Health Benefits: Capsaicin, the compound in chili peppers that makes them so spicy (the spicier the pepper, the more capsaicin it contains), is also incredibly healthy. It is an anti-inflammatory compound that helps with pain relief, boosts immunity, reduces cholesterol, helps prevent cancer, and helps prevent stomach ulcers by killing bacteria.

Coriander6. Coriander

Coriander (known in the West as cilantro) is a bold herb that adds intense flavor, fragrance and freshness to Thai cuisine.

Health Benefits: Coriander is a rich source of beneficial phytonutrients, flavonoids and active phenolic acid compounds that have been found to help control blood sugar, lower cholesterol and fight inflammation and free radicals.

Try Some Thai Tonight!

Whether your love Thai cuisine or are trying it for the first time, you'll be pleasantly surprised by the fresh and tasty flavors in the following Thai recipes.

Tom Yum Soup
(Serves 2)

Tom Yum soup is credited as being the most popular soup in Thailand, and it's also been studied for its ability to boost the immune system! It has an irresistible hot and sour flavor.


  • 3 cups chicken stock
  • 1 stalk lemongrass
  • 3 kaffir lime leaves (these can be found in Asian food stores)
  • 12 medium or large raw shrimp, shelled
  • 2 Tbsp. fish sauce
  • 1-2 small red or green chilies, finely sliced
  • 3 cloves garlic, minced
  • 1 handful of cherry tomatoes
  • 1 handful of fresh shiitake mushrooms, sliced thinly
  • 1 green and/or red bell pepper, sliced
  • 1 can coconut milk
  • wedges of lime for serving (key limes or regular limes)
  • 1/3 cup fresh coriander, roughly chopped
  • optional: additional Thai red chilies, chopped finely with seeds removed
  • optional: Thai rice noodles


  1. Pour stock into a deep cooking pot and turn heat to medium-high.
  2. Add processed lemongrass to the pot, including the parts of the lemongrass stalk you didn't slice. Boil for 5 minutes, or until fragrant.
  3. Add garlic, chili, and lime leaves to broth. Continue cooking for another 5 minutes.
  4. Add noodles (if using) and stir until broken apart. Add shrimp, mushrooms, and bell pepper, and cherry tomatoes. Cook for 5-8 minutes, or until noodles are done.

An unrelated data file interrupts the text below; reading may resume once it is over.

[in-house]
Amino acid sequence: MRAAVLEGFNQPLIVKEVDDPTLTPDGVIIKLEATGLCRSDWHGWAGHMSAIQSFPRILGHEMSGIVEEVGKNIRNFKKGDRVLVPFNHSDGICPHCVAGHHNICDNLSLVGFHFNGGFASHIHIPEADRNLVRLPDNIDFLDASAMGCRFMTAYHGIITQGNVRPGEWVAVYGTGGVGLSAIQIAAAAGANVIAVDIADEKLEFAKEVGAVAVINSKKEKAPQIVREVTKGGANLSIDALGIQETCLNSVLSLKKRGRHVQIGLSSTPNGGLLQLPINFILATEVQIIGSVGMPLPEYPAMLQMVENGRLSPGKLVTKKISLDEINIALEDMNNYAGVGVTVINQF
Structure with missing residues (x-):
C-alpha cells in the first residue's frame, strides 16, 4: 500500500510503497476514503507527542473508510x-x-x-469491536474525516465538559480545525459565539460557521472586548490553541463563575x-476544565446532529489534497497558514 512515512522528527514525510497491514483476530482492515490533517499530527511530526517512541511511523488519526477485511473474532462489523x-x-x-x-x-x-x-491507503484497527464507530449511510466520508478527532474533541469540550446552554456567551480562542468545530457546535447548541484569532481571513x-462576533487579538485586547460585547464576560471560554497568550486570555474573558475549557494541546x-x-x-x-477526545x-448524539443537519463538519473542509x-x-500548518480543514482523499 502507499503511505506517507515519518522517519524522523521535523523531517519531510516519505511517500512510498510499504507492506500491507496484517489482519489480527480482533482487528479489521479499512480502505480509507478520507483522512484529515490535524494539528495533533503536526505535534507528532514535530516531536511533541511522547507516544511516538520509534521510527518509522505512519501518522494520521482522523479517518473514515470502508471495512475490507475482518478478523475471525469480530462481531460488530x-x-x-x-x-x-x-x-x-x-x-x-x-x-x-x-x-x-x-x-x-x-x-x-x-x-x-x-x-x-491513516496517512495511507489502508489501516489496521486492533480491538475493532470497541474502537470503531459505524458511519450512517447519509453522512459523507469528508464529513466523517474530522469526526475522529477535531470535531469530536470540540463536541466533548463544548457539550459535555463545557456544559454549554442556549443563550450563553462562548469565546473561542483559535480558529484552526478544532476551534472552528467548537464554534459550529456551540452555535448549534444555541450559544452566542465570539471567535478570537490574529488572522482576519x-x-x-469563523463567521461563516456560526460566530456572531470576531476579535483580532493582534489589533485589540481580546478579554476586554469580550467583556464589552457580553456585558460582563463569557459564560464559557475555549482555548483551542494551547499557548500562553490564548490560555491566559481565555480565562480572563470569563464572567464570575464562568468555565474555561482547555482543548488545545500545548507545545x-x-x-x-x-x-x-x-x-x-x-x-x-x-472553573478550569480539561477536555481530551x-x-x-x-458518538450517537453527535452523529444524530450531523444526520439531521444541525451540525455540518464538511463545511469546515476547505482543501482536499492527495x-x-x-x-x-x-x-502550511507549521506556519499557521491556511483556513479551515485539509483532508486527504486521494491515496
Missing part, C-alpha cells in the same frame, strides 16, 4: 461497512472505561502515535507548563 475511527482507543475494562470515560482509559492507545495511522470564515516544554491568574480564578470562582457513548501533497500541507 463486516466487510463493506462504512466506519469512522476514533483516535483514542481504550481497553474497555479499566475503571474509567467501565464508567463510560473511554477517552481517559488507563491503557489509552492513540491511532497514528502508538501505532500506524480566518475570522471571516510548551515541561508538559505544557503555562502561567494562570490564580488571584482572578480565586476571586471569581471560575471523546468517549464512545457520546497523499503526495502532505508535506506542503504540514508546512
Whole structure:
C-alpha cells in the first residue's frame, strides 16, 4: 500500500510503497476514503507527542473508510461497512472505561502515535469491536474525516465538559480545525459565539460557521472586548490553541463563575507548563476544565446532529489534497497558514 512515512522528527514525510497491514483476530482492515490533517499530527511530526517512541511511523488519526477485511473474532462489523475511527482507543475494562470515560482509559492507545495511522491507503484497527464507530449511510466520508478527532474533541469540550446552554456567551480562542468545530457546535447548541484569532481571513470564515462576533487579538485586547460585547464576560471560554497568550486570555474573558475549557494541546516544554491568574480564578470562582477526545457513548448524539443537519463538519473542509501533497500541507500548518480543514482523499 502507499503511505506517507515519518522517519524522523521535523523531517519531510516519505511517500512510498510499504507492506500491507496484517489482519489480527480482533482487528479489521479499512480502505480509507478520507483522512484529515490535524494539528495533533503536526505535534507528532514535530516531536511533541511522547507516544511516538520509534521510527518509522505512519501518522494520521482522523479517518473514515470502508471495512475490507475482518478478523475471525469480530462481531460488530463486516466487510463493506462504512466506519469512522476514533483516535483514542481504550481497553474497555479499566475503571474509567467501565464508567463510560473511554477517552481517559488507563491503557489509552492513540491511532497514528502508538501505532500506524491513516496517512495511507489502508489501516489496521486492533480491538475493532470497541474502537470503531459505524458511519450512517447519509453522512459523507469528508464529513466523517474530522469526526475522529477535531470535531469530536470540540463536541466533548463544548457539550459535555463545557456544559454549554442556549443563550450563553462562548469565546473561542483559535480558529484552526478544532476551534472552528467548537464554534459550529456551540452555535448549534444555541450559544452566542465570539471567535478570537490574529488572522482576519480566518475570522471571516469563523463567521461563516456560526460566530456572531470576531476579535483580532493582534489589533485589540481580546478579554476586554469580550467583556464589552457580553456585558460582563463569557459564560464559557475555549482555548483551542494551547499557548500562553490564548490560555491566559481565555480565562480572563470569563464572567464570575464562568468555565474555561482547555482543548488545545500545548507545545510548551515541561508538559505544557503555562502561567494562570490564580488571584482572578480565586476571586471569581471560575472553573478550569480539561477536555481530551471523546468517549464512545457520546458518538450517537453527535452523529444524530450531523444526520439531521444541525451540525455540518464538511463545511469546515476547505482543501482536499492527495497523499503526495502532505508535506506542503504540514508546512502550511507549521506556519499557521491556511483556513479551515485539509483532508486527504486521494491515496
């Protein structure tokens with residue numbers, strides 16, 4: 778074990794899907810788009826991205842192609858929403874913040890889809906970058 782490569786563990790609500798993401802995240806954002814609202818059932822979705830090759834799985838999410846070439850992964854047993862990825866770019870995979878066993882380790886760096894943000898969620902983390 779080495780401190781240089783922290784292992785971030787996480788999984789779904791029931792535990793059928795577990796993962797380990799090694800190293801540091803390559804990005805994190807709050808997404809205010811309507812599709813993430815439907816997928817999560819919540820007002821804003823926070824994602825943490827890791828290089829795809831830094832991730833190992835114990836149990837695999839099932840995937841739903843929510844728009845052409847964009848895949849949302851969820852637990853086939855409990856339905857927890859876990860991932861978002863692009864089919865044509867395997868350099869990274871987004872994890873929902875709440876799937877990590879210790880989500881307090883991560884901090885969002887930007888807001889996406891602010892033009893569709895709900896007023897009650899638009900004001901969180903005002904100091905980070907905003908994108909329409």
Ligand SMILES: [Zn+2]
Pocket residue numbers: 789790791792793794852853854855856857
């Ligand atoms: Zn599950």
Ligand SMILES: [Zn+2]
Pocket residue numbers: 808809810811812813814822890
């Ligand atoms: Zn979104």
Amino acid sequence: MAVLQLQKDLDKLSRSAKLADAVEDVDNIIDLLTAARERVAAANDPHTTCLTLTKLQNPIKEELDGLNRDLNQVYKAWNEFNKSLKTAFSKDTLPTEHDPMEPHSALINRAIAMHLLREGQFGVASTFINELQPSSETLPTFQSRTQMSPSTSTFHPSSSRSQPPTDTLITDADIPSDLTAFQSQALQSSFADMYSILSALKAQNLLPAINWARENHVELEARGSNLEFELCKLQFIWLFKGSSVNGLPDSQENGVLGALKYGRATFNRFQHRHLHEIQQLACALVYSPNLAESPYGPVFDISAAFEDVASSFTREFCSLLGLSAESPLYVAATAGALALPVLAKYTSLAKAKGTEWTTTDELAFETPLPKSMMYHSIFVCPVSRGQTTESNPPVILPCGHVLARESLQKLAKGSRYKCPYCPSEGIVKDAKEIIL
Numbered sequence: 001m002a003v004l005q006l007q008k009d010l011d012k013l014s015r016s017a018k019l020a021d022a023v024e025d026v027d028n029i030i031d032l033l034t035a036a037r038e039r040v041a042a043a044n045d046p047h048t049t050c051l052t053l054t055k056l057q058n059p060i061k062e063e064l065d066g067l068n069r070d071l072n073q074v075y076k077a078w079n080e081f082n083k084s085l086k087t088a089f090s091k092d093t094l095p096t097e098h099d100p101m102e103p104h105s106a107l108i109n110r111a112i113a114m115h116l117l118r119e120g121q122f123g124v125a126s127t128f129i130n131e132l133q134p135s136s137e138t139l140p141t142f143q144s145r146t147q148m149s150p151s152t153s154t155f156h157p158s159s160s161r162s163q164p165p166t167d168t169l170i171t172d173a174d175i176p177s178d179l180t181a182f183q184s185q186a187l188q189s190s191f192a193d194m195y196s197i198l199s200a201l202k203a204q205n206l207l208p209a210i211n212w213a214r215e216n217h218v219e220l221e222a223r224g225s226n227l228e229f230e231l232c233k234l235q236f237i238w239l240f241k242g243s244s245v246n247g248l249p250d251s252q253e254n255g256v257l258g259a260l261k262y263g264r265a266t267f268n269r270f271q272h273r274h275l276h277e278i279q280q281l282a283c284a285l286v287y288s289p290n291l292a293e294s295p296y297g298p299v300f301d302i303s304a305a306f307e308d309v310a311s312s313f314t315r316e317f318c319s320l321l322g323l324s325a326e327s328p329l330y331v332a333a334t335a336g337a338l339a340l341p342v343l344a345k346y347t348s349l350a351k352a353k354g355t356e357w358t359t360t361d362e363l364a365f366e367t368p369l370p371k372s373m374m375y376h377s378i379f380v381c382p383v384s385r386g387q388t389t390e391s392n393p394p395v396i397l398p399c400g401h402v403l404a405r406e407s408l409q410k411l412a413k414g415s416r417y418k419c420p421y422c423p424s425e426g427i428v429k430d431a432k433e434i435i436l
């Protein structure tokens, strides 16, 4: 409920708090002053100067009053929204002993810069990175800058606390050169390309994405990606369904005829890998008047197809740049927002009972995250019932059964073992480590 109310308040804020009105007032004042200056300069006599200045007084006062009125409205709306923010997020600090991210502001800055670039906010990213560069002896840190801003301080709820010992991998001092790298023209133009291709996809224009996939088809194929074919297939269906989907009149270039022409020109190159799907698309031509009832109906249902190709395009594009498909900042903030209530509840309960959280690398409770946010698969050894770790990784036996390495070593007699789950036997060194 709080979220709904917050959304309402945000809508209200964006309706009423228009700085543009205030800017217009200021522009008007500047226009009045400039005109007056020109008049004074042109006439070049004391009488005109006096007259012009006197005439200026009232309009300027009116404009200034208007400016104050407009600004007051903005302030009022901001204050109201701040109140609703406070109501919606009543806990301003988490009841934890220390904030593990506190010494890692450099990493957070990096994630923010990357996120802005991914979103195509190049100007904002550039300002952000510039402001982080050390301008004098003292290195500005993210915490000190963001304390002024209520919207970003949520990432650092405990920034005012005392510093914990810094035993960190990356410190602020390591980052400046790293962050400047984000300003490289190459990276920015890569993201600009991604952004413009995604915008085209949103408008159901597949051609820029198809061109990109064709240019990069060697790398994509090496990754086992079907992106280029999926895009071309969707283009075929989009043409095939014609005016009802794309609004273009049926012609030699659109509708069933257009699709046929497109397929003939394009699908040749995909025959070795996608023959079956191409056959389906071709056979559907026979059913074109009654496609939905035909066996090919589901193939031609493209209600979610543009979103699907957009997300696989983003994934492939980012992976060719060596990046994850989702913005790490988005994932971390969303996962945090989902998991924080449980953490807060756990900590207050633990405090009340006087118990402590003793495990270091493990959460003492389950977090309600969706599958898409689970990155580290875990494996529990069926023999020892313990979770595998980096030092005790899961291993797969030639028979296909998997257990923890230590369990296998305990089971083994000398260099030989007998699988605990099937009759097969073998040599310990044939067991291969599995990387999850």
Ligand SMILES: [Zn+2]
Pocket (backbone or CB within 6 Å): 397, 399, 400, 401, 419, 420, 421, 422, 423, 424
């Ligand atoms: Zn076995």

5. Turn down the heat to low and add the coconut milk and fish sauce. Test the soup for spice and salt, adding more chilies and/or fish sauce (instead of salt) as desired.
  6. Serve in bowls with coriander sprinkled over and quarters of fresh lime on the side.


Thai Green Curry

A classic Thai dish!


  • 1 tbsp vegetable oil
  • 2 tbsp green curry paste (according to taste)
  • 1 tbsp soft dark brown sugar
  • 1-2 thick stalks lemongrass, fat ends bashed with a rolling pin (optional)
  • 1½ pounds skinless, boneless chicken, cut into chunks (use breast and/or leg meat)
  • 6-8 kaffir lime leaves, torn into pieces (if unavailable, use the grated zest of 1 lime)
  • 14fl oz coconut milk
  • good shake of Thai fish sauce or light soy sauce
  • small handful of coriander, roughly chopped
  • ½-1 lime, juice only


  1. Heat the oil in a wok or large frying pan.
  2. Add the green curry paste and sugar and cook over a fairly high heat for about a minute, stirring with the lemongrass, if using.
  3. Reduce the heat slightly and stir in the chicken pieces and lime leaves or zest until coated in the paste.
  4. Add the coconut milk, fish sauce or soy sauce and bring to a simmer, cooking for 25-30 minutes until thickened slightly.
  5. Stir in the coriander and lime juice.
  6. Check for seasoning, adding more fish sauce or soy sauce if needed.
  7. The curry is now best left to sit for a few minutes so the sauce becomes creamier.
  8. Serve with lots of fragrant Thai jasmine rice.

Source: Jo' Pratt, Nation's Favorite Food